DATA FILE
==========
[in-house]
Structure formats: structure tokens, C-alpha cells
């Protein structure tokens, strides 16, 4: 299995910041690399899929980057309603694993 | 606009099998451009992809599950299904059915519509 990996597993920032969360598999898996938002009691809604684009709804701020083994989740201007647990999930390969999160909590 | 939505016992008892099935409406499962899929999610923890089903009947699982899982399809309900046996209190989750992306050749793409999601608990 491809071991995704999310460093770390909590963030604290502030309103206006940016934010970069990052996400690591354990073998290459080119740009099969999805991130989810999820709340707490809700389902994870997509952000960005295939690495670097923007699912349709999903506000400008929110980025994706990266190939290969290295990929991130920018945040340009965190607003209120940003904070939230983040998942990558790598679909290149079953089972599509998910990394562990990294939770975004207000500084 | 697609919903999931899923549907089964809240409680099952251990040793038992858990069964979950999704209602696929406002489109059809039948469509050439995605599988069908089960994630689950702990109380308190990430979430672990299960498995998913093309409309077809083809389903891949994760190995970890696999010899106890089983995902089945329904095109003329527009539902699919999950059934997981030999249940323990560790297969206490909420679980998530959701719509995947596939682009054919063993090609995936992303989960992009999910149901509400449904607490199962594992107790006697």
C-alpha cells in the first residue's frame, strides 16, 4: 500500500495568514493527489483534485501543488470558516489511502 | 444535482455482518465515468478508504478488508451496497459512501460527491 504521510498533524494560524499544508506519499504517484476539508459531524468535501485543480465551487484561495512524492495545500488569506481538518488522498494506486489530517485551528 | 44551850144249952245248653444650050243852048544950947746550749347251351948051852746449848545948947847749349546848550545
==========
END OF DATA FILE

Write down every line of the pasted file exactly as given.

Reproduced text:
[in-house]
Structure formats: structure tokens, C-alpha cells
């Protein structure tokens, strides 16, 4: 299995910041690399899929980057309603694993 | 606009099998451009992809599950299904059915519509 990996597993920032969360598999898996938002009691809604684009709804701020083994989740201007647990999930390969999160909590 | 939505016992008892099935409406499962899929999610923890089903009947699982899982399809309900046996209190989750992306050749793409999601608990 491809071991995704999310460093770390909590963030604290502030309103206006940016934010970069990052996400690591354990073998290459080119740009099969999805991130989810999820709340707490809700389902994870997509952000960005295939690495670097923007699912349709999903506000400008929110980025994706990266190939290969290295990929991130920018945040340009965190607003209120940003904070939230983040998942990558790598679909290149079953089972599509998910990394562990990294939770975004207000500084 | 697609919903999931899923549907089964809240409680099952251990040793038992858990069964979950999704209602696929406002489109059809039948469509050439995605599988069908089960994630689950702990109380308190990430979430672990299960498995998913093309409309077809083809389903891949994760190995970890696999010899106890089983995902089945329904095109003329527009539902699919999950059934997981030999249940323990560790297969206490909420679980998530959701719509995947596939682009054919063993090609995936992303989960992009999910149901509400449904607490199962594992107790006697």
C-alpha cells in the first residue's frame, strides 16, 4: 500500500495568514493527489483534485501543488470558516489511502 | 444535482455482518465515468478508504478488508451496497459512501460527491 504521510498533524494560524499544508506519499504517484476539508459531524468535501485543480465551487484561495512524492495545500488569506481538518488522498494506486489530517485551528 | 44551850144249952245248653444650050243852048544950947746550749347251351948051852746449848545948947847749349546848550545